Republicans have tarred the Affordable Care Act’s Medicare cuts as attacks on the cherished entitlement program. Doctors and hospitals have effectively resisted efforts to scale back the reimbursements they get from federal health programs. Small-town America does not want to give up expensive medical facilities that serve relatively few people in rural areas. A tax on medical device makers has been under bipartisan attack ever since it passed, as has the “Cadillac tax” on expensive health-insurance plans. When experts find that a treatment is too costly relative to the health benefits it provides, patients accustomed to receiving that treatment and medical organizations with a stake in the status quo rise up to demand it continue to be paid for.
Again, no discussion of trade-tested betterments. Surprised?
To realize the single-payer dream of coverage for all and big savings, medical industry players, including doctors, would likely have to get paid less and patients would have to accept different standards of access and comfort. There is little evidence most Americans are willing to accept such tradeoffs.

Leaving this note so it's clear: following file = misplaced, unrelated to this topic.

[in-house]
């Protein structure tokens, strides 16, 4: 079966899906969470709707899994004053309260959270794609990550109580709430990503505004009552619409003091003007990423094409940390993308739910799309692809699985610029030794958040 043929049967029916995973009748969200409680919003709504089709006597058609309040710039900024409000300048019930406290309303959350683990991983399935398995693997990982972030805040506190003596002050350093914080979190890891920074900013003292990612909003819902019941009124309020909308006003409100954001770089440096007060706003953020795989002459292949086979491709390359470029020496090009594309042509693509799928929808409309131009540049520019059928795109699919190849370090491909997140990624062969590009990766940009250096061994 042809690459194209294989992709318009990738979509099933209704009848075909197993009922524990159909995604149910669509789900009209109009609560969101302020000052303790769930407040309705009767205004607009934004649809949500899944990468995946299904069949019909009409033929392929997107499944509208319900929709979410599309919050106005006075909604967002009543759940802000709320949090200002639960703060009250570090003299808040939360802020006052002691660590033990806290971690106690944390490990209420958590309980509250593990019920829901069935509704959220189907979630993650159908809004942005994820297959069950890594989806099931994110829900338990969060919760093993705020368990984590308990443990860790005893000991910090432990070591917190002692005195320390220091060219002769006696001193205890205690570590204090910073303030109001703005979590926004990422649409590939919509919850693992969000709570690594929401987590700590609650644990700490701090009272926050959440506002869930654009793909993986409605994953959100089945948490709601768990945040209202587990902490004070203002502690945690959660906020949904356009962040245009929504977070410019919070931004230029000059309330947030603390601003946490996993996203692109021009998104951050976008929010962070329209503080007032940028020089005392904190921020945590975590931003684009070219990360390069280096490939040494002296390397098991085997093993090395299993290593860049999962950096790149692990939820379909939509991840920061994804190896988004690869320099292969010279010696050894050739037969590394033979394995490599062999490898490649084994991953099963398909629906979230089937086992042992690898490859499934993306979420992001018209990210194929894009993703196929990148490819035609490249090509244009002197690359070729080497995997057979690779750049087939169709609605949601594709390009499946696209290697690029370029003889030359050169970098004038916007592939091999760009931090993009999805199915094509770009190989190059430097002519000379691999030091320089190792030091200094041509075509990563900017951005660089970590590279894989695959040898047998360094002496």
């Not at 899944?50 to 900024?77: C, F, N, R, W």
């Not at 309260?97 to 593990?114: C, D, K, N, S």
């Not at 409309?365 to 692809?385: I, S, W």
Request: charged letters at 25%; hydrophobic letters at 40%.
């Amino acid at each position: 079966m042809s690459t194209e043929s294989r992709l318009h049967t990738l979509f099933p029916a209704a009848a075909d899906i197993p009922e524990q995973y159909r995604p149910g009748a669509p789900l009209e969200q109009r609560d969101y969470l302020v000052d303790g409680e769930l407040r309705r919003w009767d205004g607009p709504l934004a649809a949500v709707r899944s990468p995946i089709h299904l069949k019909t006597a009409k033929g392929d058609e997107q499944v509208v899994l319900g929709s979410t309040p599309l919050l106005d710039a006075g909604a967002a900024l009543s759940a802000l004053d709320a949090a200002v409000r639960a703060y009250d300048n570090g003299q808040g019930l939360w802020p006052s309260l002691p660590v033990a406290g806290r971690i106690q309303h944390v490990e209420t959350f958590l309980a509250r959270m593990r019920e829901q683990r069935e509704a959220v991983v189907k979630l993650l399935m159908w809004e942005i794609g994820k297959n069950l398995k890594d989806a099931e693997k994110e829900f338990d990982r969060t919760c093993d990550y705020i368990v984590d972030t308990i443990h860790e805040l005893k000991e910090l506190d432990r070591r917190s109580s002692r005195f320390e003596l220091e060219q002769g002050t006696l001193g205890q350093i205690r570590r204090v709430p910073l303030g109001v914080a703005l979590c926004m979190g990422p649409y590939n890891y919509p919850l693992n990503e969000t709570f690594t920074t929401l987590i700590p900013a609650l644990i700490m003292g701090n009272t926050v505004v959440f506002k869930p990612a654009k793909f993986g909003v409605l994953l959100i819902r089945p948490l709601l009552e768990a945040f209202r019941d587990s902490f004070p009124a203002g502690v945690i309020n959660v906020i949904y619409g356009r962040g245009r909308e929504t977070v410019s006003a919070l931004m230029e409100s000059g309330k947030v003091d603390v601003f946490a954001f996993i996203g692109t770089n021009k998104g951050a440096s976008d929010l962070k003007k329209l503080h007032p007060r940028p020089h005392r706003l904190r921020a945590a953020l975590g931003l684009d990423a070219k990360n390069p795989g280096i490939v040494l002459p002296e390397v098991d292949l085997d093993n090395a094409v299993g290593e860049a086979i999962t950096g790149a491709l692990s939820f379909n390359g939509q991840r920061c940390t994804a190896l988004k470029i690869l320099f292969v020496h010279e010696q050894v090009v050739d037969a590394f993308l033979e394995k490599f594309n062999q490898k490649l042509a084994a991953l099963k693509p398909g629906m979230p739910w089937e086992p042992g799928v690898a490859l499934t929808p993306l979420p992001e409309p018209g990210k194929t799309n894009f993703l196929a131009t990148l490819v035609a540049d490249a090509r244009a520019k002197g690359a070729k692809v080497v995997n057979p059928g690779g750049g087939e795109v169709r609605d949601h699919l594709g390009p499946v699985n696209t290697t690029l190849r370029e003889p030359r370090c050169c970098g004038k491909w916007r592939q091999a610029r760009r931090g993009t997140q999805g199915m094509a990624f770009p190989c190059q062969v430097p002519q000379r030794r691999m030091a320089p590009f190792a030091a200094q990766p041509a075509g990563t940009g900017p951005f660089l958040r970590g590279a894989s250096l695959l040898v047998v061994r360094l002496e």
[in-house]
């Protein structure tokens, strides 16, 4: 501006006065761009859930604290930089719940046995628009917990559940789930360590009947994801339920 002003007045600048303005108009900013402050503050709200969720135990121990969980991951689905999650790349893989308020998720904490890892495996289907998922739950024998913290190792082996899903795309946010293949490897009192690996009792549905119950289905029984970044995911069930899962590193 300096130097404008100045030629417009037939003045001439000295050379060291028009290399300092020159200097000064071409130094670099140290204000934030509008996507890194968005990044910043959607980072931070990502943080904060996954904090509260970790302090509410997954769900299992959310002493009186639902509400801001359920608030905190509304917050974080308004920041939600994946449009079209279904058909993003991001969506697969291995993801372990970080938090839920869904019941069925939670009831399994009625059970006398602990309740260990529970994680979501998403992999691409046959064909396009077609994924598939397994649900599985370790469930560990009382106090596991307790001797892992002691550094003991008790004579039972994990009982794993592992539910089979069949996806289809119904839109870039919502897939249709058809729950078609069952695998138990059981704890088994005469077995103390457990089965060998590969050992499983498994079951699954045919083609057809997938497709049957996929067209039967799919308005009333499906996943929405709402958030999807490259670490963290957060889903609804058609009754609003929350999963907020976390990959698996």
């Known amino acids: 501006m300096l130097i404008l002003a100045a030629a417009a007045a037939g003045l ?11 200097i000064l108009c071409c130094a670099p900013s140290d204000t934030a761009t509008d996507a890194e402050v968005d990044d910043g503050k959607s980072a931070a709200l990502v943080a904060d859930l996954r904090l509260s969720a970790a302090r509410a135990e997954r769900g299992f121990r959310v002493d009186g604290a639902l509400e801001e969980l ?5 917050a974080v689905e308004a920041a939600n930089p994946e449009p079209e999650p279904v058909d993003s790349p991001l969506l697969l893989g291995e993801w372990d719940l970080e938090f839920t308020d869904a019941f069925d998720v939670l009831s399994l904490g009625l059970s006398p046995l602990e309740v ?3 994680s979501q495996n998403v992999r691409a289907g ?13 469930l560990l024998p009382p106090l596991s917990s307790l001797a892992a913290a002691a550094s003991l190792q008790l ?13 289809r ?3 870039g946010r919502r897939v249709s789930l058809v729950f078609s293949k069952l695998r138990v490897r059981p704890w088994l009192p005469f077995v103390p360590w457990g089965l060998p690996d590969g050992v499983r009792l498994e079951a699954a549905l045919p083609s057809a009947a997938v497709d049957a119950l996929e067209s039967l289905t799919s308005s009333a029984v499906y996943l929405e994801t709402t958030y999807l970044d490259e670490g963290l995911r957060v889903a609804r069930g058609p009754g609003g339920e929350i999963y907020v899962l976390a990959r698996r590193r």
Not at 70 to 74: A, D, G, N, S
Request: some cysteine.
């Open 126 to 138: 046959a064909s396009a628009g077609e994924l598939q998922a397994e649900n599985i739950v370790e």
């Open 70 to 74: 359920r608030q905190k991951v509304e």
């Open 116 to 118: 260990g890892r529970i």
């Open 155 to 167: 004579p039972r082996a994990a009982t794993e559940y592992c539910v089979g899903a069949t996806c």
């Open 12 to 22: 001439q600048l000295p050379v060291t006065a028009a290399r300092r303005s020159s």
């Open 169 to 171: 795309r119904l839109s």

The goal still must be universal coverage and cost restraint. But no matter whether the government or some combination of parties is paying, that restraint will come slowly, with cuts to the rate of increase in medical costs that make the system more affordable over time. There are many options short of a disruptive takeover: the government can change how care is delivered, determine which treatments should be covered, control quality at hospitals, drive down drug costs and discourage high-cost health-care plans even while making the Obamacare system better at filling coverage gaps.
Maybe the best thing the national government could do is go away. You won't get that advice from the Gray Lady, but commentator C. F. Chapin starts at the right place. "The problem with American health care is not the care. It’s the insurance."Continuing. Before the Great Society, there was more room for trade-tested betterments.
Individuals and families paid a monthly fee, not to an insurance company but directly to the physician group. This system held down costs. Physicians typically earned a base salary plus a percentage of the group’s quarterly profits, so they lacked incentive to either ration care, which would lose them paying patients, or provide unnecessary care.